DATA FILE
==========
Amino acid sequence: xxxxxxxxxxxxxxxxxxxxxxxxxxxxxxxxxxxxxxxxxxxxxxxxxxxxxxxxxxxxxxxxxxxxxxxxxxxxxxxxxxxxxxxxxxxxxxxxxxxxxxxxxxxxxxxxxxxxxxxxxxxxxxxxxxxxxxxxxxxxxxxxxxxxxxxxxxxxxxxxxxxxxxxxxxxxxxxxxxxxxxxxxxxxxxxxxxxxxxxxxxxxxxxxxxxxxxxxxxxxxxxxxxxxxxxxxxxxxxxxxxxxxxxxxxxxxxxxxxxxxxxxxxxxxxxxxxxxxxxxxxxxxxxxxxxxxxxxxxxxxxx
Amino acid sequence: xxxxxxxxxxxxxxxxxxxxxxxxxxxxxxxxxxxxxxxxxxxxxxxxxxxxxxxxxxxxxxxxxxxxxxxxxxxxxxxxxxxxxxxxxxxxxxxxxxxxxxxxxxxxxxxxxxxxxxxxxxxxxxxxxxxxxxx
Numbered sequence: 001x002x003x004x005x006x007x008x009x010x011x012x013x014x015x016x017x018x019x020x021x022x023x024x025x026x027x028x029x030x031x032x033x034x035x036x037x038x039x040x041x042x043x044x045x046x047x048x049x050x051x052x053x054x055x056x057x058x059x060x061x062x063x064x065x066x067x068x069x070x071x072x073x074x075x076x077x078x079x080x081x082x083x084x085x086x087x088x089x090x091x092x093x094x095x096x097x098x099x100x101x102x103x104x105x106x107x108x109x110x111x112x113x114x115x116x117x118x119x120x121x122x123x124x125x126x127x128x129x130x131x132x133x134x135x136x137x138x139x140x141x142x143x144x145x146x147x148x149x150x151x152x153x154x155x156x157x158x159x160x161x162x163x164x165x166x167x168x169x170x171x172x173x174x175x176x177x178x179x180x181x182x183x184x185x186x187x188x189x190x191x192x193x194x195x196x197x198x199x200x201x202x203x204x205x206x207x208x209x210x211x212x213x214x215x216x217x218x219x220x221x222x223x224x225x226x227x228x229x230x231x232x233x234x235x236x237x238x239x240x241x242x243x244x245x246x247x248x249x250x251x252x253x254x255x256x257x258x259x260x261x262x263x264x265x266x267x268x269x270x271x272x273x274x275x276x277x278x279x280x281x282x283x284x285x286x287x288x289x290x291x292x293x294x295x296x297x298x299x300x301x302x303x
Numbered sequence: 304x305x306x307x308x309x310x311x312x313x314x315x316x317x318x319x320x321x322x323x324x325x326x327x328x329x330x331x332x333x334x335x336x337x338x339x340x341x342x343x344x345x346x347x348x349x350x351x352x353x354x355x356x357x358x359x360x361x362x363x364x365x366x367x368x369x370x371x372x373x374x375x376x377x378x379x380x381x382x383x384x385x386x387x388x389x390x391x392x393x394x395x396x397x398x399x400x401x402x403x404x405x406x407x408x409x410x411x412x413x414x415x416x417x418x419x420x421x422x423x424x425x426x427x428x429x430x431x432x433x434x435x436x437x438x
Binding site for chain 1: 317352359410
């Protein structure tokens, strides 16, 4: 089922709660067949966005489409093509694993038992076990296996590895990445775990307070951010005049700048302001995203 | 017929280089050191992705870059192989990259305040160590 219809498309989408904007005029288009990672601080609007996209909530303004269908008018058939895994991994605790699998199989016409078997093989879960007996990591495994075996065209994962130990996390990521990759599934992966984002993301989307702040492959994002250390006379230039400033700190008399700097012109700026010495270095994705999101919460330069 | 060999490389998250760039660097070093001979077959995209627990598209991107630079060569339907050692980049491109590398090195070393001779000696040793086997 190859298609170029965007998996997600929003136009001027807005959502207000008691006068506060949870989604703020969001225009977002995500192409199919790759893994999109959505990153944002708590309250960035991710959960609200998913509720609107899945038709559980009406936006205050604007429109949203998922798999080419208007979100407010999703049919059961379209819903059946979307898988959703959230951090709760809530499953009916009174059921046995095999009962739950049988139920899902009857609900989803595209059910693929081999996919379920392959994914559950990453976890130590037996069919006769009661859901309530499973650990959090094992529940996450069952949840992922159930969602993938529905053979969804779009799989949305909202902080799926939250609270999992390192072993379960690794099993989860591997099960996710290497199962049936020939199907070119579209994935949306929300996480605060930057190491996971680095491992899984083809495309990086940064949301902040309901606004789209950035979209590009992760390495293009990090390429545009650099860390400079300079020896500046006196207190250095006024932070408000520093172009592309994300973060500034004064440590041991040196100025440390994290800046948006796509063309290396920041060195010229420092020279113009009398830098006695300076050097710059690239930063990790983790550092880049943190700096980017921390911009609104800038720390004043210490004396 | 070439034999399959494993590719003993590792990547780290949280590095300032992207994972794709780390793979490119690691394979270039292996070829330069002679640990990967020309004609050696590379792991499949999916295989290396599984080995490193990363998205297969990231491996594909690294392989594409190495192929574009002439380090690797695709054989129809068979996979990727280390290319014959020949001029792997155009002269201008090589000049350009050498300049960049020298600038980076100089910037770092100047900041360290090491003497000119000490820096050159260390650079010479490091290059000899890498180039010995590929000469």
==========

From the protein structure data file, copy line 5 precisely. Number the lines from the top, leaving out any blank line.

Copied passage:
Binding site for chain 1: 317352359410